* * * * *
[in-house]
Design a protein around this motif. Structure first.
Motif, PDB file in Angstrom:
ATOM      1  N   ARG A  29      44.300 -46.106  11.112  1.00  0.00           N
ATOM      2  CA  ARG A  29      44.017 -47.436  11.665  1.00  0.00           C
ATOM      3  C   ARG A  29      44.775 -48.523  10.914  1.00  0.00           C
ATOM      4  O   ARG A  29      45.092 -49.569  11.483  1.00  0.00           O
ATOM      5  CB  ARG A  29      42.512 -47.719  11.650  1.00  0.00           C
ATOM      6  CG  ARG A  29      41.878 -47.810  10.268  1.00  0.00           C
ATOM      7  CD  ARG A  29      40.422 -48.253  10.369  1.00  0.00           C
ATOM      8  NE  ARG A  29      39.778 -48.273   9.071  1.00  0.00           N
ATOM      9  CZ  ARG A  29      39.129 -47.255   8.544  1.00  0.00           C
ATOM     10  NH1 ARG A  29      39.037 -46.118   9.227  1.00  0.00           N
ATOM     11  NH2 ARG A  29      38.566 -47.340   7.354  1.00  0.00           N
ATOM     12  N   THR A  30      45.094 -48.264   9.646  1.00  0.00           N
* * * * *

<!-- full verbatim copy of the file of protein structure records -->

[in-house]
Design a protein around this motif. Structure first.
Motif, PDB file in Angstrom:
ATOM      1  N   ARG A  29      44.300 -46.106  11.112  1.00  0.00           N
ATOM      2  CA  ARG A  29      44.017 -47.436  11.665  1.00  0.00           C
ATOM      3  C   ARG A  29      44.775 -48.523  10.914  1.00  0.00           C
ATOM      4  O   ARG A  29      45.092 -49.569  11.483  1.00  0.00           O
ATOM      5  CB  ARG A  29      42.512 -47.719  11.650  1.00  0.00           C
ATOM      6  CG  ARG A  29      41.878 -47.810  10.268  1.00  0.00           C
ATOM      7  CD  ARG A  29      40.422 -48.253  10.369  1.00  0.00           C
ATOM      8  NE  ARG A  29      39.778 -48.273   9.071  1.00  0.00           N
ATOM      9  CZ  ARG A  29      39.129 -47.255   8.544  1.00  0.00           C
ATOM     10  NH1 ARG A  29      39.037 -46.118   9.227  1.00  0.00           N
ATOM     11  NH2 ARG A  29      38.566 -47.340   7.354  1.00  0.00           N
ATOM     12  N   THR A  30      45.094 -48.264   9.646  1.00  0.00           N